I met them in public places, thinking — This is nuts! What if she doesn’t show up? What if she’s an axe murderer?(Sadly, now, more of a worry than it was then.) No doubt, they, too had their fears.
Then off we went and, every time without fail, had a lovely face to face experience.
This week I met yet another smart, savvy, worldly young woman, the legendary X who’s the bestie of Cadence, the author of Small Dog Syndrome from London; she and I finally met face to face — after years of mutual admiration — in the train station after I got off the train from Paris in my brown vintage fedora.
We talked for so long her husband called to make sure we were OK.
X was everything you’d expect of a friend of Cadence and we sat at the bar and drank cold beer and shared notes on life in journalism in New York City. I would never have met her had I not read Cadence, nor emailed her privately, nor (!) stayed with her in their London flat (sleeping on an air mattress on the living room floor) and we all survived.
It’s been a great semester with the four senior students who signed up for my blogging class at Pratt Institute in Brooklyn, a small art school with a justifiably excellent reputation.
It’s been fairly challenging to teach and engage so small a group, but we’ve had fun and we’ve had some fantastic guest speakers, three who came out to Brooklyn in person and two via Skype.
My husband, Jose Lopez, a photo editor at The New York Times, explained how to use photos legally and well; Troy Griggs, a Times graphic designer, shared his thoughts about how to design a blog that will really engage readers and Rani Nagpal, who works with a major Manhattan real estate firm, taught us about SEO.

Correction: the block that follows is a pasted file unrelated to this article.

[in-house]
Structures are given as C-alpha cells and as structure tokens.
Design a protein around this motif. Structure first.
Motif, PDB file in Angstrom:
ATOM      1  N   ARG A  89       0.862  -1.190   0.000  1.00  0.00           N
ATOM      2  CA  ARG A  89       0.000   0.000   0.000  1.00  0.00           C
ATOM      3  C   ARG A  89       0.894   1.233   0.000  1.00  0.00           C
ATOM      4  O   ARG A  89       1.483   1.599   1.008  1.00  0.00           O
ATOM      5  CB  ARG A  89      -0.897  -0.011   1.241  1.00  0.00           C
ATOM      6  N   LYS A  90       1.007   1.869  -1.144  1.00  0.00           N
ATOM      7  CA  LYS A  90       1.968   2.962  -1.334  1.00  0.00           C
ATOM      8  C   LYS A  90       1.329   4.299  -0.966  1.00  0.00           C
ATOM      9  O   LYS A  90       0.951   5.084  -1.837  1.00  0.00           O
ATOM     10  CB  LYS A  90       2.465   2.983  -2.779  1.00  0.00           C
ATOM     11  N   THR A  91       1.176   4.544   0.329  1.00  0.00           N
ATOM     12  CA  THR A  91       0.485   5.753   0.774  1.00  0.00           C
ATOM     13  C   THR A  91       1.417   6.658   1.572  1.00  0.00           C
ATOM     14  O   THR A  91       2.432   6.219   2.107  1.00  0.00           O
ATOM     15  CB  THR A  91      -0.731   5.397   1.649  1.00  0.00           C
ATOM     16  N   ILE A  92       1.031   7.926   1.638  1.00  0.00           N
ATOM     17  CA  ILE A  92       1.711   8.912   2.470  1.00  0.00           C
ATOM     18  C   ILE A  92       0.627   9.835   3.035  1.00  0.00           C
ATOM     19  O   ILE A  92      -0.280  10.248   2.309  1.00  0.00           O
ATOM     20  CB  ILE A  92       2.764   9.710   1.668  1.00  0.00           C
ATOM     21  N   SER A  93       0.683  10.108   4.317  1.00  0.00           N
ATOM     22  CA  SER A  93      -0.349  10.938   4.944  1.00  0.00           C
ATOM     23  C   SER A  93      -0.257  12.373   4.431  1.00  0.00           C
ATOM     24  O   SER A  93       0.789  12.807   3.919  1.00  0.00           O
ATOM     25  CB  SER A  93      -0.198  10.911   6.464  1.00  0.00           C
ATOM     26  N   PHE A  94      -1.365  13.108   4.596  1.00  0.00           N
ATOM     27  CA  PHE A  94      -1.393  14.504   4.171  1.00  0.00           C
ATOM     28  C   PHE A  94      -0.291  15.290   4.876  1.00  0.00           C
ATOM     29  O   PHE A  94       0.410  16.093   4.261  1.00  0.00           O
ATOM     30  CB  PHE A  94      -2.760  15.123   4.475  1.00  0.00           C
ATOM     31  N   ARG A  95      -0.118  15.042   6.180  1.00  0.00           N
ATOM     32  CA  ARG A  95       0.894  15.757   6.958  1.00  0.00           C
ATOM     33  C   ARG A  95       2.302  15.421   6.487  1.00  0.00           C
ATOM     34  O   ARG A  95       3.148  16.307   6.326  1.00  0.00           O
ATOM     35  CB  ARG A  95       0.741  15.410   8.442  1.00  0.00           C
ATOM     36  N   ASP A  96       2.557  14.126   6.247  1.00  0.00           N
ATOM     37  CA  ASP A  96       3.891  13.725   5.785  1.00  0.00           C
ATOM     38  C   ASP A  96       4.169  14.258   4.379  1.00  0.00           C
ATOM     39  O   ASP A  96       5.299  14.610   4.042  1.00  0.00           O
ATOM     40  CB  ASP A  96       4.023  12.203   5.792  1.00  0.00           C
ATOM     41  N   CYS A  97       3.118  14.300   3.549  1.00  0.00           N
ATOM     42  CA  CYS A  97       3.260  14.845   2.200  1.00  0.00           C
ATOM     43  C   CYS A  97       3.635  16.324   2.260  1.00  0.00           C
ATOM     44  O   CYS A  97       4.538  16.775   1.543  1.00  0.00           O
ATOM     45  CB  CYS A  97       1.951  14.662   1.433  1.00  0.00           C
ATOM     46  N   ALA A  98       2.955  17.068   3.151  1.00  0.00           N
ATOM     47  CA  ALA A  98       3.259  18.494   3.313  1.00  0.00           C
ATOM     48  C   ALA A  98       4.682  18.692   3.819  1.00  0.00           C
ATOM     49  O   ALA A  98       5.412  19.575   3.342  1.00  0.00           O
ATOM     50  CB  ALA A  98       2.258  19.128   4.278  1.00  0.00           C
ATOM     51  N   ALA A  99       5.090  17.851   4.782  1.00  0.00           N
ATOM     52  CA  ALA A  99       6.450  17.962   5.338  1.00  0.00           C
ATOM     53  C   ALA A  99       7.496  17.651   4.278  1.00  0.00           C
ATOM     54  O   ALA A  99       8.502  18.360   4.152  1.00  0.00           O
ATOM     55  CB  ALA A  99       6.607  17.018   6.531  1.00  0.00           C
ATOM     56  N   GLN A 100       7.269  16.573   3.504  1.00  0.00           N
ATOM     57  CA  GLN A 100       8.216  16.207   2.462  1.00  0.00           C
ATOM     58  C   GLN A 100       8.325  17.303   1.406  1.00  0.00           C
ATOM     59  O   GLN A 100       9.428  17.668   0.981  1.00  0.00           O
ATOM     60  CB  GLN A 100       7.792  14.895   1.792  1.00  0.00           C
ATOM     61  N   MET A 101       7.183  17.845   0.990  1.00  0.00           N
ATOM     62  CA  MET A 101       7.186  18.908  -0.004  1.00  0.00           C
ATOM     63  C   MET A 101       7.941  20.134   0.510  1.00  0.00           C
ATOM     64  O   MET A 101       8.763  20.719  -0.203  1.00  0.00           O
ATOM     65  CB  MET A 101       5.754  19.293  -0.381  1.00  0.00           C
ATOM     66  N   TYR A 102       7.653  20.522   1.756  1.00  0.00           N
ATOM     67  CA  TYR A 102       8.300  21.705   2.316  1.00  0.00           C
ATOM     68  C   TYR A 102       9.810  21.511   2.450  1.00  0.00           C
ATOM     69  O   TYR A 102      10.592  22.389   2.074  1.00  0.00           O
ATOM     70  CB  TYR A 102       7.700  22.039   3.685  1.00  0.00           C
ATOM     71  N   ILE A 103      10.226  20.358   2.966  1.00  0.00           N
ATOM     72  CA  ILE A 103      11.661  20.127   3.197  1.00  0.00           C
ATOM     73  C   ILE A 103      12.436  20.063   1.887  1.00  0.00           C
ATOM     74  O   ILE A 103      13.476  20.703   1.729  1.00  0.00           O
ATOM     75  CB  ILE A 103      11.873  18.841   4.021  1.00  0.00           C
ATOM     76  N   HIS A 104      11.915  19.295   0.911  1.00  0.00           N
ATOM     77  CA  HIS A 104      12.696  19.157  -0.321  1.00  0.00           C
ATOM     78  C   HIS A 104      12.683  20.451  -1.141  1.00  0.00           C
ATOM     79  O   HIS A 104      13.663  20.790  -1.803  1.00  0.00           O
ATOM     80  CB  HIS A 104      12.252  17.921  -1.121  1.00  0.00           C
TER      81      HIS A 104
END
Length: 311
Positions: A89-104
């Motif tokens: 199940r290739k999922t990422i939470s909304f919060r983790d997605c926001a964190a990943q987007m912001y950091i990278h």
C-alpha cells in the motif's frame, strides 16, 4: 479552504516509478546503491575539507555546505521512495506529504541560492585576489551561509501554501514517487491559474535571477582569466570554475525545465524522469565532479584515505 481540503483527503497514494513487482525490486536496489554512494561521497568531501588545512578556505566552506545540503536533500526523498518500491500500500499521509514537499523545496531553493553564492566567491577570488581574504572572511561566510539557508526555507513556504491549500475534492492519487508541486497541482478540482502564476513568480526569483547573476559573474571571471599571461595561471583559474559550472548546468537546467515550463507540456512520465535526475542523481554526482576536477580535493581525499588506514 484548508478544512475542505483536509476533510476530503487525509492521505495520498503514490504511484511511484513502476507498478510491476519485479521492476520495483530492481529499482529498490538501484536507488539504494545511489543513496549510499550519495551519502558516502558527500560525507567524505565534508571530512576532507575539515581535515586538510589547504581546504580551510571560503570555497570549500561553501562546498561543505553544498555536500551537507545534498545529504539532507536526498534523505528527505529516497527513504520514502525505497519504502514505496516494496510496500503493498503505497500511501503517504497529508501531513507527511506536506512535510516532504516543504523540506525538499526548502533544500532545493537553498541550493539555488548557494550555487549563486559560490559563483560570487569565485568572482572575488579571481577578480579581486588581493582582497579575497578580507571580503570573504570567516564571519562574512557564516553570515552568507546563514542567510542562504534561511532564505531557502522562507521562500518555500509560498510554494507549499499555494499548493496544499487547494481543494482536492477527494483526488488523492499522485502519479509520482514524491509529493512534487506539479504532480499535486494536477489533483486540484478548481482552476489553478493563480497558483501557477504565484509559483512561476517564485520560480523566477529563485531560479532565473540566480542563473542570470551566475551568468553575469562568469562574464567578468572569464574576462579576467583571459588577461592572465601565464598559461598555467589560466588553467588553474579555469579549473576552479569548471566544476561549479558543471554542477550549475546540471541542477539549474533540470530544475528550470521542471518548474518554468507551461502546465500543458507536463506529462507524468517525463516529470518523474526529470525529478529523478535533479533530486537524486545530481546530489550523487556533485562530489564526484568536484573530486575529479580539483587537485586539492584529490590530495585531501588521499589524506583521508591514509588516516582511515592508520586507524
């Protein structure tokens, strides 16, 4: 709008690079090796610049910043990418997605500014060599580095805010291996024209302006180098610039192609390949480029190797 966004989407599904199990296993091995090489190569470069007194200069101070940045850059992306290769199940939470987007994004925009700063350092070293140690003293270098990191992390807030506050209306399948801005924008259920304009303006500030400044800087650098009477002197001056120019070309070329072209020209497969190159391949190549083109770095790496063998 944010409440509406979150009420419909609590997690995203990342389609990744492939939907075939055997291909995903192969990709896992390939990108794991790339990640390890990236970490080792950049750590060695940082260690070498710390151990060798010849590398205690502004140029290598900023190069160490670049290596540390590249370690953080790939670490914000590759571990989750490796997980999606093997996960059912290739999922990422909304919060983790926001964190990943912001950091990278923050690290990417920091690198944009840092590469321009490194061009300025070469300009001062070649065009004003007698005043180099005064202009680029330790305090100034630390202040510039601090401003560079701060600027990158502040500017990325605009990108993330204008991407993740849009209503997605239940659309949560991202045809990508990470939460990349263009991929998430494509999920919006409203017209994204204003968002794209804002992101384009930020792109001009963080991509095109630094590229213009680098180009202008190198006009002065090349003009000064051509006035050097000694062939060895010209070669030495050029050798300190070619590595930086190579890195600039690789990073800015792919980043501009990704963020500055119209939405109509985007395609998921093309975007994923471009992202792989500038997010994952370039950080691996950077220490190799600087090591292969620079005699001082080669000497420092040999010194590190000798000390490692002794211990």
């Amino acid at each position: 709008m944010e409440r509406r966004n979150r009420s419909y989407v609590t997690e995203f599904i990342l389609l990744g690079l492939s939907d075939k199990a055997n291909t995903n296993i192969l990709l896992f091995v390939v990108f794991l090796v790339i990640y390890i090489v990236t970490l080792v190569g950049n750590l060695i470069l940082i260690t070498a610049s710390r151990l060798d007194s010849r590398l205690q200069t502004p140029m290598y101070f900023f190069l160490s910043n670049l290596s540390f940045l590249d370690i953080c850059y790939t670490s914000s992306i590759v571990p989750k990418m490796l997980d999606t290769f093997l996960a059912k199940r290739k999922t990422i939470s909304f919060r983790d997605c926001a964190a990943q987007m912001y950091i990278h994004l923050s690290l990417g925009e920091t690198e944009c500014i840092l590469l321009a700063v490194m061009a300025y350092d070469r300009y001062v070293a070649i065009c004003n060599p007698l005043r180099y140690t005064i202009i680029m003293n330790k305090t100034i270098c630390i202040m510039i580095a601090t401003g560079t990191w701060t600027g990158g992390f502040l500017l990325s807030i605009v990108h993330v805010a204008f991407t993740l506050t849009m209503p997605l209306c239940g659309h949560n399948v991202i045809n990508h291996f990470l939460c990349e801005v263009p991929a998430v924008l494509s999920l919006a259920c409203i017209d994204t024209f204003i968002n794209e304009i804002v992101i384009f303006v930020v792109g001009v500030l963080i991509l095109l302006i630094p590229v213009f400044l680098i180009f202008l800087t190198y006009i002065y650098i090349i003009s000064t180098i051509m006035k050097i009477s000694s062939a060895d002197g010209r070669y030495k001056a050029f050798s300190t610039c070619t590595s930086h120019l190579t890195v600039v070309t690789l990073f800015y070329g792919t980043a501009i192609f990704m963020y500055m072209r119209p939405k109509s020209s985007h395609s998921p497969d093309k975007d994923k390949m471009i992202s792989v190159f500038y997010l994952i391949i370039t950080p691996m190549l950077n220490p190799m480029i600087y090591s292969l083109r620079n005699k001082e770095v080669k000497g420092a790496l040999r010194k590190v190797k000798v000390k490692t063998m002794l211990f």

Both were funny, lively and super-helpful. Much to my surprise, Anne told us she breaks several blogging “rules” — she doesn’t revise every post to death before posting, she posts only once a week and she rarely answers comments from readers.
Here are two of my students, Grace Myers (left) from Bowie, Maryland, and her bestie Ellen Trubey, from California.
Grace’s blog is Rough Guide to Life, a lovely, thoughtful guide to meditation, breathing exercises and ways to slooooow down and enjoy life; the photo of her in a tree on her blog is very Grace! She graduates soon, so I hope her blog will continue, and continue to attract and inspire readers.
Darnell Roberts, our only male student, and an illustration major, writes this blog about video games. A passionate gamer, his drawing work is charming — one of his super-heroines is called GravityGirl. It’s been a sea of estrogen with four chatty women in the class, but he’s held up well.